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R I S K A S S E S S M E N T O F T H E E U R O P E A N B A N K I N G S Y S T E M
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3. Assets side
The quality of banks’ loan portfolios continued
to deteriorate throughout 2013 as suggested
by the KRI and the responses to the RAQ.
As a direct result of the financial crisis, eco-
nomic uncertainty and regulatory reform,
banks are adapting to the new business en-
vironment. There is an ongoing reduction of
balance sheets and loan books across the
EU. However a number of European banks
have not yet completed the cleanup of their
balance sheets. The financial crisis has ex-
posed weak business models and business
lines, and the wave of global regulatory re-
form is considerably altering the risk return
dynamics of numerous business lines go-
ing forward. There is still a need for adjust-
ments in order to remove excess capacity
and to restructure balance sheets, and to
set the basis for a more stable and sound
banking sector. As a result, it is still neces-
sary to reduce further and strengthen Euro-
pean banks’ balance sheets.
De-risking
Deleveraging and de-risking are very impor-
tant components for the strengthening of the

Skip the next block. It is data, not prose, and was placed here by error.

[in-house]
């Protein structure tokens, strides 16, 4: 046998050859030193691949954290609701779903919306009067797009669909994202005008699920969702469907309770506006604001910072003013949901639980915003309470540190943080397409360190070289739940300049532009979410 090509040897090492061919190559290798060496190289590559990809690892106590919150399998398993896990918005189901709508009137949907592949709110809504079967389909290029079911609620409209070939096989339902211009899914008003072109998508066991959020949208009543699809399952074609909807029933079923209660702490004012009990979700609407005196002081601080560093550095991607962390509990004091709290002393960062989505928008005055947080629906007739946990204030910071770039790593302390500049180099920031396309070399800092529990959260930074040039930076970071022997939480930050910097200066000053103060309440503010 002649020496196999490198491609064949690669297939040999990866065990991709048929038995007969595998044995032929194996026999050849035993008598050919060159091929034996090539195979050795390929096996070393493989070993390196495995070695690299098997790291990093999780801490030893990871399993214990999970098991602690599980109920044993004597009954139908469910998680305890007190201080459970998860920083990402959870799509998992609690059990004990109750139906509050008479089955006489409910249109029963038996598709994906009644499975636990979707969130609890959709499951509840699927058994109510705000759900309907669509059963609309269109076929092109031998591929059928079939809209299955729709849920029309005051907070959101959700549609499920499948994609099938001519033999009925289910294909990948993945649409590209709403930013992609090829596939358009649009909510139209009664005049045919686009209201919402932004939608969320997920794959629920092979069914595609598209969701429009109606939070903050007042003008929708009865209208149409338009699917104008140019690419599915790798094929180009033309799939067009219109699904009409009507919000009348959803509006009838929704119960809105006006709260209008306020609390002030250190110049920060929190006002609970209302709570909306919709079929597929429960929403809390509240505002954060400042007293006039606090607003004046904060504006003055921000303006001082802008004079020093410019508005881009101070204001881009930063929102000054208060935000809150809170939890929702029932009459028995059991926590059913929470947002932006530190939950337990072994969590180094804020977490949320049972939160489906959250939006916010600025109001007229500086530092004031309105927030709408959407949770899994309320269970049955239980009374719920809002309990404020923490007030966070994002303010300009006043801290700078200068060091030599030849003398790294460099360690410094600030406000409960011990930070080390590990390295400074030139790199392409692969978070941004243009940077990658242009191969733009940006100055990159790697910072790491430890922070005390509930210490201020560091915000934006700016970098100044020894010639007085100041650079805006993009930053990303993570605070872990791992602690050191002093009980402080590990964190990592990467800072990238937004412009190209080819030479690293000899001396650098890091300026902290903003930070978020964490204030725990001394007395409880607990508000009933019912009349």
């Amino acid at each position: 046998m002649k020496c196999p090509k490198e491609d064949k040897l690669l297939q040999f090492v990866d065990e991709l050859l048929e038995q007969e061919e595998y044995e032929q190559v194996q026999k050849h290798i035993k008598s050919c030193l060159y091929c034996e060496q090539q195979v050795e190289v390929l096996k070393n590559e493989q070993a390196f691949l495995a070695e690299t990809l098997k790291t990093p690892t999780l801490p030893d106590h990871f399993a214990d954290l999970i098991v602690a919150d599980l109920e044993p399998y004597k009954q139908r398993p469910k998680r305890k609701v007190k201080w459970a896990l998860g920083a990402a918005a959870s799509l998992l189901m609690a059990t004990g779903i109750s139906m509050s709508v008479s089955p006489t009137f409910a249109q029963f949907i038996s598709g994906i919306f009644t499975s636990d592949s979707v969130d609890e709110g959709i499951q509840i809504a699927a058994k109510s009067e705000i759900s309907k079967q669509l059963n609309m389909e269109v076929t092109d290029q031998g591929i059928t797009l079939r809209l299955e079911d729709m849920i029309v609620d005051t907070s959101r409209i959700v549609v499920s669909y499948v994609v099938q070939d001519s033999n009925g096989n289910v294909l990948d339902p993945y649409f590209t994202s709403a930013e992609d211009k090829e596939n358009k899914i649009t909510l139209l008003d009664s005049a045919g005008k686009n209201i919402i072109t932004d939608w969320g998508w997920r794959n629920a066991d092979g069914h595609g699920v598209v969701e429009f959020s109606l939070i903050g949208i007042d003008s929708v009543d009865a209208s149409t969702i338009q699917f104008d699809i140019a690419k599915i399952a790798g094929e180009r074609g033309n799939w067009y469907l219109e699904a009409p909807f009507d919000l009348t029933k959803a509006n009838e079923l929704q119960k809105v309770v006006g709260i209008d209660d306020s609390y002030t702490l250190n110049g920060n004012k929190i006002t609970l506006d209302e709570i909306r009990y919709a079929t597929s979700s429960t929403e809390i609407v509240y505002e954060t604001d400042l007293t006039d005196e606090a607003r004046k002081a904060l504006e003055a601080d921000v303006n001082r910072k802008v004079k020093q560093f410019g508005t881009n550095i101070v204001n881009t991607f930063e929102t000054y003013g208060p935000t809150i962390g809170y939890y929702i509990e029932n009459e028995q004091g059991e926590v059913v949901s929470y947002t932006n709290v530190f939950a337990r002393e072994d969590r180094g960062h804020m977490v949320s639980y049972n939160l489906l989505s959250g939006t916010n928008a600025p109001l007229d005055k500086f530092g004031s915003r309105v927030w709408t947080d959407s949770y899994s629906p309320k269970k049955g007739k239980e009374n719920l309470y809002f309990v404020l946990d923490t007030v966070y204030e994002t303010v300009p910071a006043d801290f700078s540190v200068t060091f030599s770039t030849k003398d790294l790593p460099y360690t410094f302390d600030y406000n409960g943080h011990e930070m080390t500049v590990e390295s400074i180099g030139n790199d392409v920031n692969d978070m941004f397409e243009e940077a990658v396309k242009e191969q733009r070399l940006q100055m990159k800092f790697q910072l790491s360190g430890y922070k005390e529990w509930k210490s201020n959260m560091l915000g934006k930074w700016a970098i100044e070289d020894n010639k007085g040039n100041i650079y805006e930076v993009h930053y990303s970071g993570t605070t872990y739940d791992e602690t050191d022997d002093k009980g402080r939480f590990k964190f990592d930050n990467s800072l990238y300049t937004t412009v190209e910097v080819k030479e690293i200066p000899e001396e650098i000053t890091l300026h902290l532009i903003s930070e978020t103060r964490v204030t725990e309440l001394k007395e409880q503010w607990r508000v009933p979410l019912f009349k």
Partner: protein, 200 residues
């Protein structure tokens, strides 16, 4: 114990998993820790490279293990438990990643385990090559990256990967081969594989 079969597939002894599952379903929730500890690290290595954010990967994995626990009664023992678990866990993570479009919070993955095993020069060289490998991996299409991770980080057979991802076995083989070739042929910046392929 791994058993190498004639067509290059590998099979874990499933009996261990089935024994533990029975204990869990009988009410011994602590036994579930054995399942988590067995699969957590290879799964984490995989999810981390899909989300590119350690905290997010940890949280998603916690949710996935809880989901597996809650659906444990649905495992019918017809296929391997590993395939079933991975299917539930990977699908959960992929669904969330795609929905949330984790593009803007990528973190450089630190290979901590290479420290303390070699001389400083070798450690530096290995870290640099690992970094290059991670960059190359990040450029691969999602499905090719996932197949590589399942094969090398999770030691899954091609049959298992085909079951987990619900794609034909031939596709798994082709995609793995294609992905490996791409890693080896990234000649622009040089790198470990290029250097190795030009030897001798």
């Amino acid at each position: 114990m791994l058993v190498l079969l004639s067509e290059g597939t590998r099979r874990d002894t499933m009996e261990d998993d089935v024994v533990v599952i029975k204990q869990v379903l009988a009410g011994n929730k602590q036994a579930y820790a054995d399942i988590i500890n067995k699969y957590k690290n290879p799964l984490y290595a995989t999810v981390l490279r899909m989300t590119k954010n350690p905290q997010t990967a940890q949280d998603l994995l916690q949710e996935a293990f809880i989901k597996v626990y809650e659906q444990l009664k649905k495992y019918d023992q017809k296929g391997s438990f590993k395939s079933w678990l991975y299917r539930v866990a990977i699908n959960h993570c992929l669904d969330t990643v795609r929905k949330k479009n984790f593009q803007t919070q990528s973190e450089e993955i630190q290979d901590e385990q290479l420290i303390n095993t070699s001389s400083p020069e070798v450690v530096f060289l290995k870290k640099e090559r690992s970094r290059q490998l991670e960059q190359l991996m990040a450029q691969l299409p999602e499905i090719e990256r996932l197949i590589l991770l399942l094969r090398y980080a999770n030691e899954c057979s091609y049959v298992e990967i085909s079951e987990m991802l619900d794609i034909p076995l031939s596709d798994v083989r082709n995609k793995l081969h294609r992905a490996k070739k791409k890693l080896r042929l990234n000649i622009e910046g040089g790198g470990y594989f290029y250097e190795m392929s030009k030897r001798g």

EU banking sector. Completing the action of
balance sheet repair in the banking sector,
far from hampering growth is instead a pre-
condition for kick-start lending into the real
economy. Some indicators show that a down-
sizing of banks’ balance sheets has started
and continues to take place. Over the last six
months, the debt-to-equity ratio decreased
from 18.1 to 17.5, the loan-to-deposit ratio
declined, and customer deposits over total li-
abilities increased. For the same period, the
sum of total assets decreased by 3.5%, and
further changes to banks’ balance sheets are
expected as business models adapt to a new
environment. Deleveraging has mostly been
achieved through run-off, rather than sales
of assets, but there is some evidence of sales
of portfolios and lines of businesses dur-
ing 2013. Some evidence also suggests that
banks do their utmost to frontload the adjust-
ments that will result from the EU-wide asset
quality review and the stress-test of 2014. In
parallel, the loan-to-deposit ratio has shown
a general downward trend in the last few se-
mesters, indicating a steady reduction in the
on-balance-sheet financial sector leverage
to lower levels within the EU.
Not only has the weighted average of the
loan-to-deposit ratio been decreasing since
September 2011 (from 120% to 114% in June
2013), but so also have the 75th percentile
(from 139% to 131% in June 2013). The 75th
percentile declined to 131% in June 2013,
and 18 percentage points less than its March
2012 maximum value). This trend is observed
within the EU per size class, with different
intensities across geographies (see figure 3).
60%
80%
100%
120%
140%
160%
180%
200%
220%
240%
90
95
100
105
110
115
120
Numerator
Denominator
Dispersion
5th and 95th pct, interquartile range and median.
Numerator and denominator: trends
Total numerator and denominator. December 2009 = 100.
Figure 3: Loan-to-deposit (source: KRI) – 5th and 95th percentiles, interquartile range and
median, and by size class – medians (as of June 2013)